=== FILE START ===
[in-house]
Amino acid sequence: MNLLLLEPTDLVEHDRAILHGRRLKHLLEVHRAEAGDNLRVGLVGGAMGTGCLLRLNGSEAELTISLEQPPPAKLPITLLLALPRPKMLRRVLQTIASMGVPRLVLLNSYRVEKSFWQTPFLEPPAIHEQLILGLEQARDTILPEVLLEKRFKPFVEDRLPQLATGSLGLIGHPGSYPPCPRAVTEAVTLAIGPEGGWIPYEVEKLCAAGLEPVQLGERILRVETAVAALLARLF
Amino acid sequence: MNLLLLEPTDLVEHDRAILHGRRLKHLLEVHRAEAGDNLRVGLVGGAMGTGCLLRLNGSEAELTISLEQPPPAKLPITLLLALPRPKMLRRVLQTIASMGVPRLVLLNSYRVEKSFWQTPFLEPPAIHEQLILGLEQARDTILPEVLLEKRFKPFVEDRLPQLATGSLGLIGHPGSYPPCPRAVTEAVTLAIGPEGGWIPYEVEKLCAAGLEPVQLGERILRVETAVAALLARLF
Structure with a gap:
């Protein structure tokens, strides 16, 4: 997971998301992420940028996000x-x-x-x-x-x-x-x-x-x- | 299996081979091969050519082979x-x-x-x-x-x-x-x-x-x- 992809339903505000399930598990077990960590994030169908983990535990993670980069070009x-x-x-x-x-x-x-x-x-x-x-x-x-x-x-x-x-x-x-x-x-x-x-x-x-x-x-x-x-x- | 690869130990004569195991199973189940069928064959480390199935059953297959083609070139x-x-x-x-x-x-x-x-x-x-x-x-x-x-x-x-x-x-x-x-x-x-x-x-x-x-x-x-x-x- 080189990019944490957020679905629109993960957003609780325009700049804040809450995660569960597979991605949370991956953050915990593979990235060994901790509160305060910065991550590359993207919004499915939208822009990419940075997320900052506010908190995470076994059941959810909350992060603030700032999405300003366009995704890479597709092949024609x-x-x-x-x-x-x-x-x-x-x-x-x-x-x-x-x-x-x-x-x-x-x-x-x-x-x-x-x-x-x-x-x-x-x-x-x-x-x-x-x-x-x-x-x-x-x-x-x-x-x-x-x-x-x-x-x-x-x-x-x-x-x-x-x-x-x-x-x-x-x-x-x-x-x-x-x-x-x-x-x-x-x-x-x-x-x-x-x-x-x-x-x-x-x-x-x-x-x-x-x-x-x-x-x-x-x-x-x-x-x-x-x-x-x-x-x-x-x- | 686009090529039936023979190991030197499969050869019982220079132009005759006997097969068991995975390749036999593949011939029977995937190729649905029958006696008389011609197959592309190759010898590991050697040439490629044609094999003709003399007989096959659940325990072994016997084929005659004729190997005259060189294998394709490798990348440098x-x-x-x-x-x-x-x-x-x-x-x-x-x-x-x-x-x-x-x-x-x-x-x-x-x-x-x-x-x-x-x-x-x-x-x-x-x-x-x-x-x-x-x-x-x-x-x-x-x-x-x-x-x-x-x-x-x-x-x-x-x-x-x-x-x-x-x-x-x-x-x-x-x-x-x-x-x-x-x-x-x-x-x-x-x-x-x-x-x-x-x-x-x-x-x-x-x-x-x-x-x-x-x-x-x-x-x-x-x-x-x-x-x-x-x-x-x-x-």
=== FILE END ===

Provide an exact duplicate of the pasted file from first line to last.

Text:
[in-house]
Amino acid sequence: MNLLLLEPTDLVEHDRAILHGRRLKHLLEVHRAEAGDNLRVGLVGGAMGTGCLLRLNGSEAELTISLEQPPPAKLPITLLLALPRPKMLRRVLQTIASMGVPRLVLLNSYRVEKSFWQTPFLEPPAIHEQLILGLEQARDTILPEVLLEKRFKPFVEDRLPQLATGSLGLIGHPGSYPPCPRAVTEAVTLAIGPEGGWIPYEVEKLCAAGLEPVQLGERILRVETAVAALLARLF
Amino acid sequence: MNLLLLEPTDLVEHDRAILHGRRLKHLLEVHRAEAGDNLRVGLVGGAMGTGCLLRLNGSEAELTISLEQPPPAKLPITLLLALPRPKMLRRVLQTIASMGVPRLVLLNSYRVEKSFWQTPFLEPPAIHEQLILGLEQARDTILPEVLLEKRFKPFVEDRLPQLATGSLGLIGHPGSYPPCPRAVTEAVTLAIGPEGGWIPYEVEKLCAAGLEPVQLGERILRVETAVAALLARLF
Structure with a gap:
């Protein structure tokens, strides 16, 4: 997971998301992420940028996000x-x-x-x-x-x-x-x-x-x- | 299996081979091969050519082979x-x-x-x-x-x-x-x-x-x- 992809339903505000399930598990077990960590994030169908983990535990993670980069070009x-x-x-x-x-x-x-x-x-x-x-x-x-x-x-x-x-x-x-x-x-x-x-x-x-x-x-x-x-x- | 690869130990004569195991199973189940069928064959480390199935059953297959083609070139x-x-x-x-x-x-x-x-x-x-x-x-x-x-x-x-x-x-x-x-x-x-x-x-x-x-x-x-x-x- 080189990019944490957020679905629109993960957003609780325009700049804040809450995660569960597979991605949370991956953050915990593979990235060994901790509160305060910065991550590359993207919004499915939208822009990419940075997320900052506010908190995470076994059941959810909350992060603030700032999405300003366009995704890479597709092949024609x-x-x-x-x-x-x-x-x-x-x-x-x-x-x-x-x-x-x-x-x-x-x-x-x-x-x-x-x-x-x-x-x-x-x-x-x-x-x-x-x-x-x-x-x-x-x-x-x-x-x-x-x-x-x-x-x-x-x-x-x-x-x-x-x-x-x-x-x-x-x-x-x-x-x-x-x-x-x-x-x-x-x-x-x-x-x-x-x-x-x-x-x-x-x-x-x-x-x-x-x-x-x-x-x-x-x-x-x-x-x-x-x-x-x-x-x-x-x- | 686009090529039936023979190991030197499969050869019982220079132009005759006997097969068991995975390749036999593949011939029977995937190729649905029958006696008389011609197959592309190759010898590991050697040439490629044609094999003709003399007989096959659940325990072994016997084929005659004729190997005259060189294998394709490798990348440098x-x-x-x-x-x-x-x-x-x-x-x-x-x-x-x-x-x-x-x-x-x-x-x-x-x-x-x-x-x-x-x-x-x-x-x-x-x-x-x-x-x-x-x-x-x-x-x-x-x-x-x-x-x-x-x-x-x-x-x-x-x-x-x-x-x-x-x-x-x-x-x-x-x-x-x-x-x-x-x-x-x-x-x-x-x-x-x-x-x-x-x-x-x-x-x-x-x-x-x-x-x-x-x-x-x-x-x-x-x-x-x-x-x-x-x-x-x-x-």